Tuesday, September 21, 2010

Forever Stubbly

Yesterday at the gym, attentive readers will recall, I worked out a few bikes away from a red-faced obvious steroid abuser who, at irregular intervals, would start shrieking along in the key of H with whatever he was listening to on his iPod, with the result that I had to read two or three times several sentences in the Scott Spencer novel I was starting because I honestly didn’t find Sue Miller’s account of her father’s battle with Alzheimer’s nearly as engrossing as I’d hoped to. If I were half a man, I’d have leapt off my own bike and gone over to tell Mr. Steroids to put a lid on it, but I am only around 45 percent a man, so I just kept pedaling. Of course, if there were any justice in the world, someone from the gym — which describes itself in its marketing materials as the No-Judgement [sic] Zone, and which has a bunch of signs up urging fellows not to make the exhibitionistic sounds of exertion that are so popular at Gold’s — would have come over and confronted the guy for me. But of course there is no justice in the world.

Once having completed my brief strengthening regimen, I headed over to Idolatry for some dishwashing liquid, soy milk, and razorblades, the last because it has come to my attention that I have now officially become one of those unpleasant-smelling old men who’s forever stubbly, and I have resolved to shave on the 4th, 16th, and 27th of every month that I can remember to do so, but of course I will forget as I publish this.

As I was heading back to my car, I heard a man and woman shouting at each other. My first, reflexive, reaction was to determine if I could reasonably claim not to have heard them; I am big on both plausible deniability and avoiding danger. Realizing that my deniability wouldn’t have been very plausible, I next glanced around, hoping that someone with bigger testes might want to get involved, but there was no one. The man, who seemed to share my disaffection for shaving, and who wore a New York Giants baseball cap with which he’d apparently mopped up a small puddle of cooking oil, called the woman a skank and a ho, though they were both white. The woman, of the sort who does all her shopping at Idolatry, rather than just for supplementary odds and ends, called him a dickwad and a fairy, which I found interesting because I haven’t heard fairy in that sense since well before repatriating to the UK, where Fairy, coincidentally, was both a brand of dishwasher detergent and a post-modern crooner with lank hair.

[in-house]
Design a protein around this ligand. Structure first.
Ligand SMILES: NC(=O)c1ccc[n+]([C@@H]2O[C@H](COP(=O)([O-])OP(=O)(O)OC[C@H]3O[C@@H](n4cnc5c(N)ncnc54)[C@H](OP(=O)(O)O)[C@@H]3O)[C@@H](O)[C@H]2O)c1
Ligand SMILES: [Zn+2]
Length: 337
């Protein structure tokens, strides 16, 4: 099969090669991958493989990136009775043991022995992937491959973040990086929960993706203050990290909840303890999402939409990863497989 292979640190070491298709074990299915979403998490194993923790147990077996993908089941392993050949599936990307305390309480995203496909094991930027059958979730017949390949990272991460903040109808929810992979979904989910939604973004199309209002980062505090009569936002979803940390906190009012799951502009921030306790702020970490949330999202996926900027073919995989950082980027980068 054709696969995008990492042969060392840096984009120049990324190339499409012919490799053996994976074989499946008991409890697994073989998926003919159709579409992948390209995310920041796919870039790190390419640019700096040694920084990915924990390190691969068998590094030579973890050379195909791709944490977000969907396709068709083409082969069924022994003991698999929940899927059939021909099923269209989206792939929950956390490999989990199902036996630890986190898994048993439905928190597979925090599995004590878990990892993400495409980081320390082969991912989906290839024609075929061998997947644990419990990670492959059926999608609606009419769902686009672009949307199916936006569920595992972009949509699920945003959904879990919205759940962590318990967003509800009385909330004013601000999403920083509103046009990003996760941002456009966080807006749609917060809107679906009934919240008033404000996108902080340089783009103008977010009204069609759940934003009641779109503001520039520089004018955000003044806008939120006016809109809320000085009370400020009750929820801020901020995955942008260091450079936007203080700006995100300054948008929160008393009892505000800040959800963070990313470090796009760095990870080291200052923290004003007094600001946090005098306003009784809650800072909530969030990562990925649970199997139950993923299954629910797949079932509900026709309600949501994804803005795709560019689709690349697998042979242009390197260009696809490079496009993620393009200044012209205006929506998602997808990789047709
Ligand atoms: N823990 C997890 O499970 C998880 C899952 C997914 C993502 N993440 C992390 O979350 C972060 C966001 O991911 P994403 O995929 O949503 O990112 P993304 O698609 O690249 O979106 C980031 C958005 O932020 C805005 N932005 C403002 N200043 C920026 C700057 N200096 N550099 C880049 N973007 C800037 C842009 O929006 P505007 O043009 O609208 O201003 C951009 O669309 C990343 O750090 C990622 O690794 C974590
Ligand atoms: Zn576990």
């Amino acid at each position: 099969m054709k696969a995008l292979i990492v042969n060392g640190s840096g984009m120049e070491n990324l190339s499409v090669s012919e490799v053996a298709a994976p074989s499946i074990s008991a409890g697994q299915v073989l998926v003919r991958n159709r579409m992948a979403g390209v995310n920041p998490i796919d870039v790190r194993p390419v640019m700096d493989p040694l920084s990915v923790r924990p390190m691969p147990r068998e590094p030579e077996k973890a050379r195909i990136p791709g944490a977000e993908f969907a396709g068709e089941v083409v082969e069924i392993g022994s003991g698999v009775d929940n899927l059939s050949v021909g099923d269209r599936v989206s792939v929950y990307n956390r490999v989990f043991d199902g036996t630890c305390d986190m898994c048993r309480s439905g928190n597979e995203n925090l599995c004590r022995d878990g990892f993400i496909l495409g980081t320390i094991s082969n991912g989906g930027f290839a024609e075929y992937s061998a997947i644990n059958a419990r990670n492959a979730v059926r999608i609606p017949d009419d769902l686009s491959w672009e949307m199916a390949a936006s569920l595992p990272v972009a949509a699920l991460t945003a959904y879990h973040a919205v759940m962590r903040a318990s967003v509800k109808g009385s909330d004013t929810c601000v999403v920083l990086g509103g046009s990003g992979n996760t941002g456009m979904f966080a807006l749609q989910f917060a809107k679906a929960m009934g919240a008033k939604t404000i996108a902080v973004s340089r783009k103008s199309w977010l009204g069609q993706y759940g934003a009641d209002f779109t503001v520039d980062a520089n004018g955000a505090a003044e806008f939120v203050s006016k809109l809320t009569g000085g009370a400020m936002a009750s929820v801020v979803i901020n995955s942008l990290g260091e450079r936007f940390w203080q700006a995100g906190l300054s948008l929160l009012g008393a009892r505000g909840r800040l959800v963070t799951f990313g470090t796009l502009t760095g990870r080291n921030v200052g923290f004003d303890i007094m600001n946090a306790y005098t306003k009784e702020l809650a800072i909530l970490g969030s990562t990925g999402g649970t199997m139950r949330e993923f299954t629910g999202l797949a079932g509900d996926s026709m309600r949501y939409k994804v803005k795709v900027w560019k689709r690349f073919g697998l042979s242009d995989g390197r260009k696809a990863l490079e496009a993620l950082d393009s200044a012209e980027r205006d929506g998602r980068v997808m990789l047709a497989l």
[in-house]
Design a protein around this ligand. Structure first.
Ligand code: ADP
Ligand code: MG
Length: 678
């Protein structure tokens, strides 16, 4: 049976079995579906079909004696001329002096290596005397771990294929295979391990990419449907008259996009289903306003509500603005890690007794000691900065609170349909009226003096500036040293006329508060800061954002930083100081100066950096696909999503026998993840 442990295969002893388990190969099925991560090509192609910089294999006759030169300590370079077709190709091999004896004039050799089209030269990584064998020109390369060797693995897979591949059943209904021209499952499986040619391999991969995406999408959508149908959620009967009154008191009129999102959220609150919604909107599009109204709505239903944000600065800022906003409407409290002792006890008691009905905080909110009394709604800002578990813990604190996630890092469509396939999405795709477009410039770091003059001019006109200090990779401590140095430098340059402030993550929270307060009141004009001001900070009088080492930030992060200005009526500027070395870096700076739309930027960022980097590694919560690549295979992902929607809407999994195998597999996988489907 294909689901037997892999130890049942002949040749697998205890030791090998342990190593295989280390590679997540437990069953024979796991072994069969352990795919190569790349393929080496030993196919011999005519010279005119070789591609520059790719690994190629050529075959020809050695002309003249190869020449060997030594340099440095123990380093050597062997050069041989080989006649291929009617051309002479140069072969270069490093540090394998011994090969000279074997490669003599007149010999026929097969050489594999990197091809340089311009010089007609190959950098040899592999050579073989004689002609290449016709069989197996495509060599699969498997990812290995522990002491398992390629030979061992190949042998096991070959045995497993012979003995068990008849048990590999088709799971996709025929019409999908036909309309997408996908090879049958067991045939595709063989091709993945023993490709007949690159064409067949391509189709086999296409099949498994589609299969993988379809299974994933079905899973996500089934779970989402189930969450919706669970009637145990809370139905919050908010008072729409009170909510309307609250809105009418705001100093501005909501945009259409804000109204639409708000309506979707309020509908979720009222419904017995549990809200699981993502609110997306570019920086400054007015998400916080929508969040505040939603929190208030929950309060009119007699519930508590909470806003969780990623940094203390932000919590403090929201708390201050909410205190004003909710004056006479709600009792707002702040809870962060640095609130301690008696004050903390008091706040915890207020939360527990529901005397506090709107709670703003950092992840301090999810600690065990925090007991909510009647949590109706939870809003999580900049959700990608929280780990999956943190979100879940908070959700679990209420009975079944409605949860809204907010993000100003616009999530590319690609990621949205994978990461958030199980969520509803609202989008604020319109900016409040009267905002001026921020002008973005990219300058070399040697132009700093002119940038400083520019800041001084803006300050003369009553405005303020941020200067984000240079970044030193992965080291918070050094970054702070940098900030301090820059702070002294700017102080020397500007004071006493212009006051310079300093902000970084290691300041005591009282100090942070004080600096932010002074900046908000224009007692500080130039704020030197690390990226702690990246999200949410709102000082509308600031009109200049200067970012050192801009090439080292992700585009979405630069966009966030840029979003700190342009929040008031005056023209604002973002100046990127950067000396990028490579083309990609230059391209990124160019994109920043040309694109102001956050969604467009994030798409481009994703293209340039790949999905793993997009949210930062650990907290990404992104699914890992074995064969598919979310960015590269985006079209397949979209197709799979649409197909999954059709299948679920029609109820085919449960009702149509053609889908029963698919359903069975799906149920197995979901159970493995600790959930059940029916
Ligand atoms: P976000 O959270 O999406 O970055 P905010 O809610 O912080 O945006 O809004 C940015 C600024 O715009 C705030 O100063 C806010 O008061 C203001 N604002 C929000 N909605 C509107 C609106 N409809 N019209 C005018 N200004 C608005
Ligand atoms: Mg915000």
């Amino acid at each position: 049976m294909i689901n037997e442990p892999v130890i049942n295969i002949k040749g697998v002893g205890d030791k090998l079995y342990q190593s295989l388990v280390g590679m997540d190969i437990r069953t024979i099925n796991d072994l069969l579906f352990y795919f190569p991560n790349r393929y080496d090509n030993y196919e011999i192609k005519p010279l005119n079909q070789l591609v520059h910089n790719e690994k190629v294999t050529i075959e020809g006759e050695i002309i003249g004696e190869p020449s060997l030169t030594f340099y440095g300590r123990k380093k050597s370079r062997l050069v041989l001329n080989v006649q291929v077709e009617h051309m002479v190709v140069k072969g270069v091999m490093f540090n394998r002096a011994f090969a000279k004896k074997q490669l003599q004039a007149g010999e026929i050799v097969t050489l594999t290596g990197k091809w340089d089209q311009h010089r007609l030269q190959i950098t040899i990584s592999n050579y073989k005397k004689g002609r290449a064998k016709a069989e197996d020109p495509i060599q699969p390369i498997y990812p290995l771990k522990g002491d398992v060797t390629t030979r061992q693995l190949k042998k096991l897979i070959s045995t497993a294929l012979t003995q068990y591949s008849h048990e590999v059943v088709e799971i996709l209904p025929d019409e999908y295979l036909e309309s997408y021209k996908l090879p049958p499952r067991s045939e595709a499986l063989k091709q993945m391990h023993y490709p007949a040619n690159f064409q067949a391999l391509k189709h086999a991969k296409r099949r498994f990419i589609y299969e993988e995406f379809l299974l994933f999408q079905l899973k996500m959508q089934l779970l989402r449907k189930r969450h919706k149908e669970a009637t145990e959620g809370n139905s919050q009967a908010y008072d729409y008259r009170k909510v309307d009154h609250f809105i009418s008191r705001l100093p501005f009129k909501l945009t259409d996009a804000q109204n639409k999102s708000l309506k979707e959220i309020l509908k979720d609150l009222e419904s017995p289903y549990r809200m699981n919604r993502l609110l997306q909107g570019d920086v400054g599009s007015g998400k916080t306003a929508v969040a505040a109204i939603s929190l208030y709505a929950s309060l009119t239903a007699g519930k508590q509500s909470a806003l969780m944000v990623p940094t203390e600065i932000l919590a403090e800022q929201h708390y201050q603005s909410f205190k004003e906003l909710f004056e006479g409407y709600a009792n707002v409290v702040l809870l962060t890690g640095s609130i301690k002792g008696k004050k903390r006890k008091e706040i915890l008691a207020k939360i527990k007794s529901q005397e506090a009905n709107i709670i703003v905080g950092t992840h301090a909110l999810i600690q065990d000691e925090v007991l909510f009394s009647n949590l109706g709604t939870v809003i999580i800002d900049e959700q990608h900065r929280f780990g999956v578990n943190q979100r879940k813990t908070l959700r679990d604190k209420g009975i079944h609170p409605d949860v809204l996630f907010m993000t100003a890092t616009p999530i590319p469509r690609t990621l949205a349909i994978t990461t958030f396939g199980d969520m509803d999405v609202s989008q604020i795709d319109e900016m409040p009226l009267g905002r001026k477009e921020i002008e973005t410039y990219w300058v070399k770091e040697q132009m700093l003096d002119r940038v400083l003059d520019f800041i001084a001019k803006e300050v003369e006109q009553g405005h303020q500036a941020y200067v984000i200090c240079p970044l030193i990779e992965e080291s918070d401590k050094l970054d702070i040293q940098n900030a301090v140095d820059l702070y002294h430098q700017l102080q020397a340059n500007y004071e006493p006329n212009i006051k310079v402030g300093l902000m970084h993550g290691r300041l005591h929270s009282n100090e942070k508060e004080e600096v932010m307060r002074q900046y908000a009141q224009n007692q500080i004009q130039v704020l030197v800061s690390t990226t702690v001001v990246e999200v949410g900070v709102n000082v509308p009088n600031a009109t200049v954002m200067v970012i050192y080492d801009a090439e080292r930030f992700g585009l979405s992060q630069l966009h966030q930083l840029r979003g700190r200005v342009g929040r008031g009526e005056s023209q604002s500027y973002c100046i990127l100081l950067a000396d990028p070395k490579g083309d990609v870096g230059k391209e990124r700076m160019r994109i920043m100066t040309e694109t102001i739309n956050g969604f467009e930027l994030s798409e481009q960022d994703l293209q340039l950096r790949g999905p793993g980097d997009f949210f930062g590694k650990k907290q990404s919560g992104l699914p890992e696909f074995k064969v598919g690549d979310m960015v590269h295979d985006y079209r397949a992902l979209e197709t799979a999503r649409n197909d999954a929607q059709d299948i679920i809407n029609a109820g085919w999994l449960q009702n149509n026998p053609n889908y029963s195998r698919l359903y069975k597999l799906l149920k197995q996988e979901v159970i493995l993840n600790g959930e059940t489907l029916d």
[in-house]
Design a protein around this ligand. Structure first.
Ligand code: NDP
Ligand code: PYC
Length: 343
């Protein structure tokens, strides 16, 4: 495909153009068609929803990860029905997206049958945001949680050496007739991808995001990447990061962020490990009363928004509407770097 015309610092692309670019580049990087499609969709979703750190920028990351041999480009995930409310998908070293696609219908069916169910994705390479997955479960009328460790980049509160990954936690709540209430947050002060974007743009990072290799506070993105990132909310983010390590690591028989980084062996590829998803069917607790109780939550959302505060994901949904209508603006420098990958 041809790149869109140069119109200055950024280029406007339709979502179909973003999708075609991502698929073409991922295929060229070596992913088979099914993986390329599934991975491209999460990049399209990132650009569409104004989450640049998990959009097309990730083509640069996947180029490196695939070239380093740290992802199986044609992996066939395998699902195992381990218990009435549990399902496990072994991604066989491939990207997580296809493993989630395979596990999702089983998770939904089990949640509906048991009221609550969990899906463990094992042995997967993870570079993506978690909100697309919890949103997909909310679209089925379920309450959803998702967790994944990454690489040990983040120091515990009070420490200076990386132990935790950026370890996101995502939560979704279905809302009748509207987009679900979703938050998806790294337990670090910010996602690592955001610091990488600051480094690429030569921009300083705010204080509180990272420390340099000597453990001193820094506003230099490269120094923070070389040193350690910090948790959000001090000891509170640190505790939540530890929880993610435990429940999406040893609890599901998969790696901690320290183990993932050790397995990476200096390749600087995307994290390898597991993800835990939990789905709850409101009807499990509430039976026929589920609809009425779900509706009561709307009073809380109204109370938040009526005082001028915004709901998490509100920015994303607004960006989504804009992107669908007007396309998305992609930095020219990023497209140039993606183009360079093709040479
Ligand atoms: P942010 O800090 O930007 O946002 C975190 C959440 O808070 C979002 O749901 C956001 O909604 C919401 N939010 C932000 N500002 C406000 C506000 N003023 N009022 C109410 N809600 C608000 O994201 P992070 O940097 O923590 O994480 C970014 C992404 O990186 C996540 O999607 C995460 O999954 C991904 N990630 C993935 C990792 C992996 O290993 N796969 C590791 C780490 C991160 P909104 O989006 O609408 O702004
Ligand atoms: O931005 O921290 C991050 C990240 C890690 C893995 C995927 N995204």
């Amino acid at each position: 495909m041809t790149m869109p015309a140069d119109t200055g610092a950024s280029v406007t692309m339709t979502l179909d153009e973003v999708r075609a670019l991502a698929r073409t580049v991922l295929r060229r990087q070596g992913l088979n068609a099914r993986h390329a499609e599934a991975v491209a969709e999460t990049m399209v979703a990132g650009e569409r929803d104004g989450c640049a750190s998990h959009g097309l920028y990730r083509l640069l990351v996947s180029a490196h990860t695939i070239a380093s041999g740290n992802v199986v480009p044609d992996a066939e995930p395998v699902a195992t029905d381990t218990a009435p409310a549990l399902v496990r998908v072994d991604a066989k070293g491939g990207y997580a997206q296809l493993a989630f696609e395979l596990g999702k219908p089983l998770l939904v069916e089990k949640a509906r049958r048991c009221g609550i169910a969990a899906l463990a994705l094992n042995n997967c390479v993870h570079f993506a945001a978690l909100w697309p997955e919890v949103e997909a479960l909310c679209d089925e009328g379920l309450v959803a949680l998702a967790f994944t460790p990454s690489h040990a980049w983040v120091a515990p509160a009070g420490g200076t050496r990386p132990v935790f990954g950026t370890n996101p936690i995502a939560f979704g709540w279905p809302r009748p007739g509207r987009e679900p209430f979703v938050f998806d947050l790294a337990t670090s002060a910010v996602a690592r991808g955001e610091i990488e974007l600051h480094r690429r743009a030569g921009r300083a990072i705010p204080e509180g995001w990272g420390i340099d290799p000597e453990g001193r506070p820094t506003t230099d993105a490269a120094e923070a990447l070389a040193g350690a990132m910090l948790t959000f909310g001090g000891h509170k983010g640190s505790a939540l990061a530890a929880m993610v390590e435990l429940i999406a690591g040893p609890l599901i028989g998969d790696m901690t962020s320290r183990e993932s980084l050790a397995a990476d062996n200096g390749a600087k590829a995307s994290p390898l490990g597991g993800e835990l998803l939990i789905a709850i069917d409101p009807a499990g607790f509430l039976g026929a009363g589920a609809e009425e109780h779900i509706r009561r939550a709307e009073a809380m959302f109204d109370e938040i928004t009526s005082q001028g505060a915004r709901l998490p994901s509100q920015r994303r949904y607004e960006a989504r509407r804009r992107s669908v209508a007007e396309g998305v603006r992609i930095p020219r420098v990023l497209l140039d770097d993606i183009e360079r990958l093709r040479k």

I actually interviewed the latter once, and was fascinated to find him the single shyest “rock” star I’d ever met. Throughout our time together, he stared at a spot on the floor midway between us. Given that he’d dated famous beauties (Jerry Hall, later Mick Jagger’s woman, Ava Gardner, Katy Perry, and others) and been on Top of the Pops, I found this surprising, but not so surprising that I wasn’t, at the end, able to slip him a demo tape of one of my own songs, “I’m Still Not Over You,” which was very much right up his alley. Though I never heard from him again, I can tell you that some of song's wistfully melancholic lyrics were inspired by my study of Italian in advance of my and my future first wife’s visit to Italy in 1982, which, coincidentally, saw the release of the best Roxy Music album, Avalon, which the future missus and I listened to implacably on her Walkman while traveling. I had encountered an Italian proverb translated as Pride arrives on horseback, but leaves on foot. For my song, I changed it to Pride arrived in a limousine, but then later on was seen departing on a moped.

I hoped you might enjoy knowing.

1 comment:

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